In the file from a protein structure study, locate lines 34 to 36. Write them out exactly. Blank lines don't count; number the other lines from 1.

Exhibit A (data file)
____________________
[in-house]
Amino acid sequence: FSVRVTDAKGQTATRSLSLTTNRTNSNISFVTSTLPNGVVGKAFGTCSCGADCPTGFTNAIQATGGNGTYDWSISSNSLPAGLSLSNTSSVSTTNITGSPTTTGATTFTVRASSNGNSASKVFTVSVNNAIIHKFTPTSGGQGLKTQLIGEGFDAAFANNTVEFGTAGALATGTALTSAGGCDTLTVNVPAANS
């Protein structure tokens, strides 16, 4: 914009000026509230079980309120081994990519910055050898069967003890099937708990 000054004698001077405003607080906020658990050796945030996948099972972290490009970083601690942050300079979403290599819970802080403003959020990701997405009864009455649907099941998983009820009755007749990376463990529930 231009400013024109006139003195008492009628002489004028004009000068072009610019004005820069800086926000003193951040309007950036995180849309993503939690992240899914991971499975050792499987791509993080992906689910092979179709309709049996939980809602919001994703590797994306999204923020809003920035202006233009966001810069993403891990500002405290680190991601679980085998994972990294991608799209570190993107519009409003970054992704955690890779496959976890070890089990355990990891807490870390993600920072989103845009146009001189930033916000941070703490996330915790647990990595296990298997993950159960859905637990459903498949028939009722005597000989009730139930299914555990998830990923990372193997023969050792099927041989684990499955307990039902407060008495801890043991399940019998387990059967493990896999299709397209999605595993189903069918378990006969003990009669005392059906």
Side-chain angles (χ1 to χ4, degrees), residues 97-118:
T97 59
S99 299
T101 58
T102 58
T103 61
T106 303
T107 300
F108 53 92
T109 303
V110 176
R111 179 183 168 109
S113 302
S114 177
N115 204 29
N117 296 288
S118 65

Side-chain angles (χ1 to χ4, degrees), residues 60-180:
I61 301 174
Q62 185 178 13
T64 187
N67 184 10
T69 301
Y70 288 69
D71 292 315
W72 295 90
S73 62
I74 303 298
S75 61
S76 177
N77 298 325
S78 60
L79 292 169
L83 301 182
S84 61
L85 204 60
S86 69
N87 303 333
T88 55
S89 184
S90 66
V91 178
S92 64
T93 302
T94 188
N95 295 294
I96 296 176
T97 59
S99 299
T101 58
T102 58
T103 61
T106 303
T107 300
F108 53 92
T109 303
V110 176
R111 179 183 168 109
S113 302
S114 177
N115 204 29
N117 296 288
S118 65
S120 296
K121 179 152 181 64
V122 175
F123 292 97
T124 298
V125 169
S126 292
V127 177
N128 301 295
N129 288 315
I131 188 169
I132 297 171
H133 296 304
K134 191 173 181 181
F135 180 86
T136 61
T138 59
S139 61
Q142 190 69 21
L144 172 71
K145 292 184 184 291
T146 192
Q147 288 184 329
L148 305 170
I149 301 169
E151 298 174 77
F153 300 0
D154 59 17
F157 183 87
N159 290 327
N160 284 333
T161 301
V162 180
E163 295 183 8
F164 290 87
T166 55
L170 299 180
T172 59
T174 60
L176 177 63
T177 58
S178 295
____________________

N77 298 325
S78 60
L79 292 169